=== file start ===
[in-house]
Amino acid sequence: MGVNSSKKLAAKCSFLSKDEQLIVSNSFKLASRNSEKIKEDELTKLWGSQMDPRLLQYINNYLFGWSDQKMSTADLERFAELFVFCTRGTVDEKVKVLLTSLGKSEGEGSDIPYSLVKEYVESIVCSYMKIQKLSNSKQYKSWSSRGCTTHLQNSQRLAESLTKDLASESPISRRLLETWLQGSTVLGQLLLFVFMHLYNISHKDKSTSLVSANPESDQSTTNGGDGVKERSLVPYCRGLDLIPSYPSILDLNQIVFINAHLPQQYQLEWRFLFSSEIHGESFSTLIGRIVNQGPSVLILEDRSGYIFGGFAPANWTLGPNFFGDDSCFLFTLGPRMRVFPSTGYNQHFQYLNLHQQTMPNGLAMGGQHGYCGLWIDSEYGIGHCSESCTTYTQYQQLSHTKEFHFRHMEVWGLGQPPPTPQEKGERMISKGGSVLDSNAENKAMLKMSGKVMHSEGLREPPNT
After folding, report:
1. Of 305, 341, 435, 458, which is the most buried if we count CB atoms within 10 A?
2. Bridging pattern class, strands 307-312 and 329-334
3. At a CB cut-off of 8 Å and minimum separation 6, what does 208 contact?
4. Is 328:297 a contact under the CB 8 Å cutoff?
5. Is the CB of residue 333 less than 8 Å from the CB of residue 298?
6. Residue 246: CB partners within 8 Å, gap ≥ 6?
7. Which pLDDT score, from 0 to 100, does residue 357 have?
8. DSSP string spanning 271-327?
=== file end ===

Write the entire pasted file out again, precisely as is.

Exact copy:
[in-house]
Amino acid sequence: MGVNSSKKLAAKCSFLSKDEQLIVSNSFKLASRNSEKIKEDELTKLWGSQMDPRLLQYINNYLFGWSDQKMSTADLERFAELFVFCTRGTVDEKVKVLLTSLGKSEGEGSDIPYSLVKEYVESIVCSYMKIQKLSNSKQYKSWSSRGCTTHLQNSQRLAESLTKDLASESPISRRLLETWLQGSTVLGQLLLFVFMHLYNISHKDKSTSLVSANPESDQSTTNGGDGVKERSLVPYCRGLDLIPSYPSILDLNQIVFINAHLPQQYQLEWRFLFSSEIHGESFSTLIGRIVNQGPSVLILEDRSGYIFGGFAPANWTLGPNFFGDDSCFLFTLGPRMRVFPSTGYNQHFQYLNLHQQTMPNGLAMGGQHGYCGLWIDSEYGIGHCSESCTTYTQYQQLSHTKEFHFRHMEVWGLGQPPPTPQEKGERMISKGGSVLDSNAENKAMLKMSGKVMHSEGLREPPNT
After folding, report:
1. Of 305, 341, 435, 458, which is the most buried if we count CB atoms within 10 A?
2. Bridging pattern class, strands 307-312 and 329-334
3. At a CB cut-off of 8 Å and minimum separation 6, what does 208 contact?
4. Is 328:297 a contact under the CB 8 Å cutoff?
5. Is the CB of residue 333 less than 8 Å from the CB of residue 298?
6. Residue 246: CB partners within 8 Å, gap ≥ 6?
7. Which pLDDT score, from 0 to 100, does residue 357 have?
8. DSSP string spanning 271-327?